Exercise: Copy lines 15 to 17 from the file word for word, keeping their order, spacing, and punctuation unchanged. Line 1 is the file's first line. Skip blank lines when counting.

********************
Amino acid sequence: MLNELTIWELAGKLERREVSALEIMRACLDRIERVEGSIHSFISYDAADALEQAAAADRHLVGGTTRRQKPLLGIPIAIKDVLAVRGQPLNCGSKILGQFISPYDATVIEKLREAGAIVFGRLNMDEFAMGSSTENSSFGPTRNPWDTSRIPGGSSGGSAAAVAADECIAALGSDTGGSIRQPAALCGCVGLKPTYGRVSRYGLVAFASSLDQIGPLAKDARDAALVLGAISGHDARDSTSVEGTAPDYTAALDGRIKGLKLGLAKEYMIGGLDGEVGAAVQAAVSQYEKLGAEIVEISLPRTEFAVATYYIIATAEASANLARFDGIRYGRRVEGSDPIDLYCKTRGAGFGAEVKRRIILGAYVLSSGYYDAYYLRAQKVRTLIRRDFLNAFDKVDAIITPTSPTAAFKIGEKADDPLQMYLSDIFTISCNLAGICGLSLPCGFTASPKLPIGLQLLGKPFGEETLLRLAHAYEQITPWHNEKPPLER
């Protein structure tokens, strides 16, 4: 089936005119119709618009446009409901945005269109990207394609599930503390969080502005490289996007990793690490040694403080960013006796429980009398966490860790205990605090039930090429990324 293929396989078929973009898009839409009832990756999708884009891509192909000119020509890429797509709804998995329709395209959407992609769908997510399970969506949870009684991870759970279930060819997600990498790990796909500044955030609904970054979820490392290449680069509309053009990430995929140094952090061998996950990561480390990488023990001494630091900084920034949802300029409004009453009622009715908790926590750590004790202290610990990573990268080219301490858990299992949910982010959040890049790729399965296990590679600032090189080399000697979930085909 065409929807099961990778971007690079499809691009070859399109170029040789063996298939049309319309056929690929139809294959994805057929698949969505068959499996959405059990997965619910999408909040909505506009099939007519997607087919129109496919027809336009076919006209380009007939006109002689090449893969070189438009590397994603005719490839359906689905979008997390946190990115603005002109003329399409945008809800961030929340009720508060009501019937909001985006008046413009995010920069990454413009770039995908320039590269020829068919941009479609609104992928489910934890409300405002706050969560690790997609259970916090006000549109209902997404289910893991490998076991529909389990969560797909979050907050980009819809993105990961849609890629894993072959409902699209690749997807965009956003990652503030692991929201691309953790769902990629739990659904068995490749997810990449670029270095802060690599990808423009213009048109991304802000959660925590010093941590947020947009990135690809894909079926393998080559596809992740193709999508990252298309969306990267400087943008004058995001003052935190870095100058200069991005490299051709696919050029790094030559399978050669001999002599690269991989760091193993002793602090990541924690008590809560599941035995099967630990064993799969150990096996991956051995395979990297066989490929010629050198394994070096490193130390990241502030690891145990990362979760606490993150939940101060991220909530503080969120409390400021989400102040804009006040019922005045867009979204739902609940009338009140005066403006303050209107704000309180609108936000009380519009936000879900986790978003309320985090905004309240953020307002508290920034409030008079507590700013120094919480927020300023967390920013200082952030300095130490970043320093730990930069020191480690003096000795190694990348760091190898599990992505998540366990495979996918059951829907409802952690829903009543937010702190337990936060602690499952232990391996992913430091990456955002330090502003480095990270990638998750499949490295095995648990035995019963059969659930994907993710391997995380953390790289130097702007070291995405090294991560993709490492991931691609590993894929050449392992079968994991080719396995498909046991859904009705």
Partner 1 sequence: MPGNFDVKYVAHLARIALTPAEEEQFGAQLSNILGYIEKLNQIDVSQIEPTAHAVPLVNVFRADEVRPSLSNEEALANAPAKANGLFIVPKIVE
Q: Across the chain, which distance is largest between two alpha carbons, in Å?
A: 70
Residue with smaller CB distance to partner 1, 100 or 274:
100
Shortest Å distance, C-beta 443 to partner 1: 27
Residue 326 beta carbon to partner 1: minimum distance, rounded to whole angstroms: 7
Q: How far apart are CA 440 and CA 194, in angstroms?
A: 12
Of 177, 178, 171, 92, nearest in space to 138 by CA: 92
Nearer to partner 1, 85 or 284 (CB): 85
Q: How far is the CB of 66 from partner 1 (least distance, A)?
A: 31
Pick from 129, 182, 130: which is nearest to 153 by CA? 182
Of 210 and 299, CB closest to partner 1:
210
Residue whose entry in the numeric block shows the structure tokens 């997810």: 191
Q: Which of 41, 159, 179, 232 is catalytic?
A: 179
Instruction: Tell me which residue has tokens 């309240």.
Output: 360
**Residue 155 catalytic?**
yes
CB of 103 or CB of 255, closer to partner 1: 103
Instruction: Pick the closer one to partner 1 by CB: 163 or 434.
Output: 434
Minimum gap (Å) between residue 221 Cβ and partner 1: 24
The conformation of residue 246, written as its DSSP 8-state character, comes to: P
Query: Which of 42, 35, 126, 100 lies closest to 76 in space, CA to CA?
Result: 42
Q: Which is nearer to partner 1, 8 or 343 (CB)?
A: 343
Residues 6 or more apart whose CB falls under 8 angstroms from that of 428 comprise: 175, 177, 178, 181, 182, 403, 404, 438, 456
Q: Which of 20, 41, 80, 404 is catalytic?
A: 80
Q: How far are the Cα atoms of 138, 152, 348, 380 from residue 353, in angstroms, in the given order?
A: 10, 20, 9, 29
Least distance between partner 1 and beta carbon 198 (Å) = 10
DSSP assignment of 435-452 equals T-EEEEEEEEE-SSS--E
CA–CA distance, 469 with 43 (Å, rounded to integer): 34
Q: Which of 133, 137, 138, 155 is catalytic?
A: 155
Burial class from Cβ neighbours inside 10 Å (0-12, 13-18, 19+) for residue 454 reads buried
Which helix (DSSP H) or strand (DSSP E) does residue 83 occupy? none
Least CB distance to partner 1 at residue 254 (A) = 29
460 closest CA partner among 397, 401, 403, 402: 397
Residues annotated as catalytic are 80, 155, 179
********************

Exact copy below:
A: 31
Pick from 129, 182, 130: which is nearest to 153 by CA? 182
Of 210 and 299, CB closest to partner 1: